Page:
Nevertheless, manna and nectar are staples of the diet. A permanent territory of several hectares is established by individuals and pairs wherever nectar and fruit are available year-round. A range of insects are used to build protein in the young, which are fed by both parents, but only the female can brood.
Identifying information: Both sexes of adults are similar, but the male is larger. Except for the rump, the upper part is brown-grey with dusky streaks, plainer on the crown; the rump is off-white. The feathers of the wings are finely edged, citrine-white, with a deeper grey-brown color. All tail feathers except the central pair are broad-tipped white.
Furthermore, there is a dusky line from the lords to the sides of the head, a broad swathe of white spiny feathers across the cheeks, and a dusky malar line from the mouth to the sides of the neck, flecked with dusky and white feathers across the neck. Cinnamon on the chin and upper breast; yellowish cream on the lower breast and undertail.
There is a grayish-pink eyering surrounding her blue eyes. A black tip is on the bill, and the base and gape are pink-red. The feet are a dark gray color. In maturity, cheeks were washed yellow, and eyes were browner than in adults. Over the course of several months, the cheeks become whiter.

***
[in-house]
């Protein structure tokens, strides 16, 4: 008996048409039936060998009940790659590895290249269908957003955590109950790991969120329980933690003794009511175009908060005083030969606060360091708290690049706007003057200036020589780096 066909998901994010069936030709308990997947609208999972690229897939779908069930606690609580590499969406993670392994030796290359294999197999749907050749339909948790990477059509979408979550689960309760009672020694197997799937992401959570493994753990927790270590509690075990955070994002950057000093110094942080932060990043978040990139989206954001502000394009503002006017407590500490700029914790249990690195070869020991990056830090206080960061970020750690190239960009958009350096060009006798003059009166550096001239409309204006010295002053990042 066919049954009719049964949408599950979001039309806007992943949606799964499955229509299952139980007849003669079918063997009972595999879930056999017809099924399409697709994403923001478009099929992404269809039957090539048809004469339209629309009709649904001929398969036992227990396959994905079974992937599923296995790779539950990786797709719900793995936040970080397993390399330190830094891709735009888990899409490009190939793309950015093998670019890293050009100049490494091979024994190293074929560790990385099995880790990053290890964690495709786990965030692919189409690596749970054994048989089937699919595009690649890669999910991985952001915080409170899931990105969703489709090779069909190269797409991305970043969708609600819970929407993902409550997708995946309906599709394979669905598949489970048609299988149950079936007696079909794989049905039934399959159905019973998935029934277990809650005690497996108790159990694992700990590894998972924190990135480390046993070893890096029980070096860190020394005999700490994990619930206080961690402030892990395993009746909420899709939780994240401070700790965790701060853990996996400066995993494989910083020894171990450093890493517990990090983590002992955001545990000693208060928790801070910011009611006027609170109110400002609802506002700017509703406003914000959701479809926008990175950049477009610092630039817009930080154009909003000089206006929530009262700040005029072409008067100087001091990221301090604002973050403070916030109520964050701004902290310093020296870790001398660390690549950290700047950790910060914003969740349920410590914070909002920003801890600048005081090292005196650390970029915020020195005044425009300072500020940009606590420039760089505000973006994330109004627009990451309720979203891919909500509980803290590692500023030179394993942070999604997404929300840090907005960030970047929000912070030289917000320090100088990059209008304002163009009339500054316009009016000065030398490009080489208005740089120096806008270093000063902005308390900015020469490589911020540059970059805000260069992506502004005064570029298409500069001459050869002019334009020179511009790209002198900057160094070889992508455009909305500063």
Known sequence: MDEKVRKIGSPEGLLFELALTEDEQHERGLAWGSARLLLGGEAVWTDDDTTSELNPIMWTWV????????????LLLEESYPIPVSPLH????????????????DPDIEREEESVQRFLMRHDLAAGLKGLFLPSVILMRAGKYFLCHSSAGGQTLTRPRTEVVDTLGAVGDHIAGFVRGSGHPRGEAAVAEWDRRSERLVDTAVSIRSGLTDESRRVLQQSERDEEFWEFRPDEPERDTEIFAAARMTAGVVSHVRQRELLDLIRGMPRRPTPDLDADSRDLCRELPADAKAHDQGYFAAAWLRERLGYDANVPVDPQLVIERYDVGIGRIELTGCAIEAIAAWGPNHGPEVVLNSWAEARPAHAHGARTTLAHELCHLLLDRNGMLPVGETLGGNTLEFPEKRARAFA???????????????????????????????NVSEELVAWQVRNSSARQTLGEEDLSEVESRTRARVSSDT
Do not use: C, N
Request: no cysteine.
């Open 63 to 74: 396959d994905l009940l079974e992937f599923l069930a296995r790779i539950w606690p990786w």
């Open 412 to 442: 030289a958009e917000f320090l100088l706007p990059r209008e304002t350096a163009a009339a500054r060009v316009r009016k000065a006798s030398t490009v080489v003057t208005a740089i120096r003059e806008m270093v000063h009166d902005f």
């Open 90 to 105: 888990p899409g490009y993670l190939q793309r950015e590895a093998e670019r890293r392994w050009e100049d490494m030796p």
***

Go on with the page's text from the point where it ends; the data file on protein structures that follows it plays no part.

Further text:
There is nothing more beautiful than Mother Nature's most beautiful bird with its striking pink-and-black bill.
There is nothing more beautiful than Mother Nature’s most beautiful bird with its striking pink-and-black bill. Photo credit: – julie burgher
Call & Song: As territorial markers, Spiny-cheeked honeyeaters call with bubbled trills, gurgles, and whistles; in alarm and in contact between pairs, they make a sharp, clipped tok. During song flights, birds are seen fluttering near vertically up from a tree or bush, singing, then swooping back to cover.
Song: Prolonged bubbled trills, gurgles, and whines, often beginning with a rising widit, wid-11-id-ll-it, and ending in falling whines, pee-peer, pee-peer, pee-peer. Both sexes contribute to the sound both in flight and from perches, often in duets.